I think people get a little overwhelmed when they think about trying to make their social media accessible, because they don't know what that entails... And they're afraid that it , that it means, you know , going behind the scenes and doing some sort of like coding or, or going through a whole bunch of extra steps that are, are beyond their technical expertise, but it's really quite easy. Um , there are some simple tips , uh , and ways that you can make your day-to-day social media experience , um, accessible for all of your friends and family and , and readers and people who are interacting with you. Um, the first and most obvious one would be including alt-text behind your photos. Um, so instead of including an image description in the text post , um, you can go in and this is true for Facebook, LinkedIn, Instagram, Twitter, you can go in and you can add that alt-text underneath the image. And that way it's not taking up extra character count in your posts, because we know a lot of these platforms have limited character counts. Um, and some tips for writing that alt-text would be to include those key and important details without getting too lost in the, the minutia. You know, you don't need to, to reference the color of every person's shirt, unless that means something to the photo. Uh , I like to think, you know, what's the, "what's the call to action with this photo?" "What am I wanting you to feel or think?" "How does this photo add to the story of the post that I'm making?" So if it matters that your student is graduating from college and they're in a cap and gown, you may wanna say what color that cap and gown is because it represents the university they're graduating from, but if you're blowing up candles at a birthday party and the person in the background is wearing your red shirt, it's probably not necessary. So I think it's okay to kind of balance that, that those key details with that emotional language. Another way to bring social media accessibility into your day-to-day life would be to look at the way that you use hashtags. Uh , the first tip is to put your hashtags at the end of your social media post, as opposed to incorporating them in the text when possible. Uh , when screen readers come across that content. Sometimes they , because all of the letters are ambushed together, they misinterpret that content and it doesn't read the way that you i ntend i t to. U m, and another tip is to use capitalization within your hashtag or as a lot o f people call it CamelCase where you make sure that the first letter of each word within the hashtag is capitalized. U m, it helps the screen reader parse what that word is. And it also is a better reading experience for s ighted people as well. U h, it makes it a lot easier when you're skimming through your, you know, Twitter, as you're thumbing through, you can read those social media hashtags a little bit easier because you can see the individual words within the hashtag. And then lastly, I would say with graphics or with photography, especially from a business, we often create event hashtags or taking photography , uh , that with the intent of posting it, making sure we're keeping in mind , um, contrast , uh, that there's enough contrast or that we're really intentional with our contrast. So that users with low vision , um , can tell what's going on in the image and that that also has to do with graphics, making sure that we're using good contrast on our text and also keeping our text fonts in mind. Sometimes that really beautiful scripty-scrolly font is actually really difficult to read for anyone who has , um, low vision or, or even people who aren't technically on the, the low vision spectrum, but are just glasses wearers, even.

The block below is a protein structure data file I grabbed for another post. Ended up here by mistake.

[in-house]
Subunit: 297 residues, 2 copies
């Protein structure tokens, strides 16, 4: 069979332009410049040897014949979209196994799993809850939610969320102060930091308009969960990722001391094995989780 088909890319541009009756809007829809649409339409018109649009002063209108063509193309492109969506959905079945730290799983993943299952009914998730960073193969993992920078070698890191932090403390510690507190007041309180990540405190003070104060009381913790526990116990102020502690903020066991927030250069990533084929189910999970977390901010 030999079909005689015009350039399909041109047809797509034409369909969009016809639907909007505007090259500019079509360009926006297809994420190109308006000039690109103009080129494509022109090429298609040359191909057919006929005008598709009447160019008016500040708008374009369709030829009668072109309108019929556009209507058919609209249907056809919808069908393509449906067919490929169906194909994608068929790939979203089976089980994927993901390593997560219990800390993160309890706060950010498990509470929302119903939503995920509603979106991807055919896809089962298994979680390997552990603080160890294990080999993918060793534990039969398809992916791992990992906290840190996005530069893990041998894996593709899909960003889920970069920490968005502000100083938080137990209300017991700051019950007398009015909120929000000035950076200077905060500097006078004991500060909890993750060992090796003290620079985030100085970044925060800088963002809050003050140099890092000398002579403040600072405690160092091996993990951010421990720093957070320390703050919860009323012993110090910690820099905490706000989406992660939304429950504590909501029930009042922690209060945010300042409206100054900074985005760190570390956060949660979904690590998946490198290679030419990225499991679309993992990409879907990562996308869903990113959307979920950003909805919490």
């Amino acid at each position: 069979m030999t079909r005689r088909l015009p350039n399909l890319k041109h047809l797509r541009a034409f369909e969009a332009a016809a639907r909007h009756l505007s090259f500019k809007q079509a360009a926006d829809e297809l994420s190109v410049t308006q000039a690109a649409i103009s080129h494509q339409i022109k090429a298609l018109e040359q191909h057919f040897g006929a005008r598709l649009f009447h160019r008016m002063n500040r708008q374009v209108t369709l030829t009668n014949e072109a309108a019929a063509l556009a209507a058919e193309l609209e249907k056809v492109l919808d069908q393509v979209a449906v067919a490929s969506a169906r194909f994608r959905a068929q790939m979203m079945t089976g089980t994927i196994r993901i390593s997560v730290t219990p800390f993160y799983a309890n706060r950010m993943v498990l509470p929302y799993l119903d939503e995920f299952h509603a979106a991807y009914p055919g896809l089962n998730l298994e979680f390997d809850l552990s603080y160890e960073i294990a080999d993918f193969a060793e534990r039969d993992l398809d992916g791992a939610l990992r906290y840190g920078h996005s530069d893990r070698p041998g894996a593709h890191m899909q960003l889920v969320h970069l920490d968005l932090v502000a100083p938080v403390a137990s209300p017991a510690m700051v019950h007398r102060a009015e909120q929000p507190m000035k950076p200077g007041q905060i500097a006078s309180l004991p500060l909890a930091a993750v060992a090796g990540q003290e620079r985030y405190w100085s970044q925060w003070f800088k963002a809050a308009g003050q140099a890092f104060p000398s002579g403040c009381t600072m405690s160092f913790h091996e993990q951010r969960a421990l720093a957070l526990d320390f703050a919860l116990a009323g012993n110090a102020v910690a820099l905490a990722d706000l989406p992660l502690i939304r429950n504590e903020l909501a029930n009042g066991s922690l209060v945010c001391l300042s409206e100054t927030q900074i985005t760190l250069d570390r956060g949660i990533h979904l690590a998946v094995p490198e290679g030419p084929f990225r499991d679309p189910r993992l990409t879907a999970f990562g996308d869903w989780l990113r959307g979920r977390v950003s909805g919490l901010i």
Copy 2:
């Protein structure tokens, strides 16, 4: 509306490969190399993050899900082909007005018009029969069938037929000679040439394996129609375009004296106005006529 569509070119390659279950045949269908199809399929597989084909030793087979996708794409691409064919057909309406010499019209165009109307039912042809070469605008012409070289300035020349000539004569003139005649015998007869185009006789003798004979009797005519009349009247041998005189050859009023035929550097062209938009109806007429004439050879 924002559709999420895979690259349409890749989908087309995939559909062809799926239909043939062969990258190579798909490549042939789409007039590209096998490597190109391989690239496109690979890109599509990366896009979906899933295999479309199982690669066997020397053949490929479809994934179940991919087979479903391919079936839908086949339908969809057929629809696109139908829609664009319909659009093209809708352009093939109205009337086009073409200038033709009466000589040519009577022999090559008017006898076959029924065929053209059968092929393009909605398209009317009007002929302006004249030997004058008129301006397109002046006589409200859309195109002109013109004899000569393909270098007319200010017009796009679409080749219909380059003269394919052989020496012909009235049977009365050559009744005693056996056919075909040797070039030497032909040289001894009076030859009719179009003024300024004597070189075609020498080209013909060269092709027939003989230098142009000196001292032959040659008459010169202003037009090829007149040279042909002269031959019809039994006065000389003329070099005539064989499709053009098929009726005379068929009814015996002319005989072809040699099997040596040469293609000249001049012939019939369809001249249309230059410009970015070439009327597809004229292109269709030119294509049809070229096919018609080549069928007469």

Sara Brown: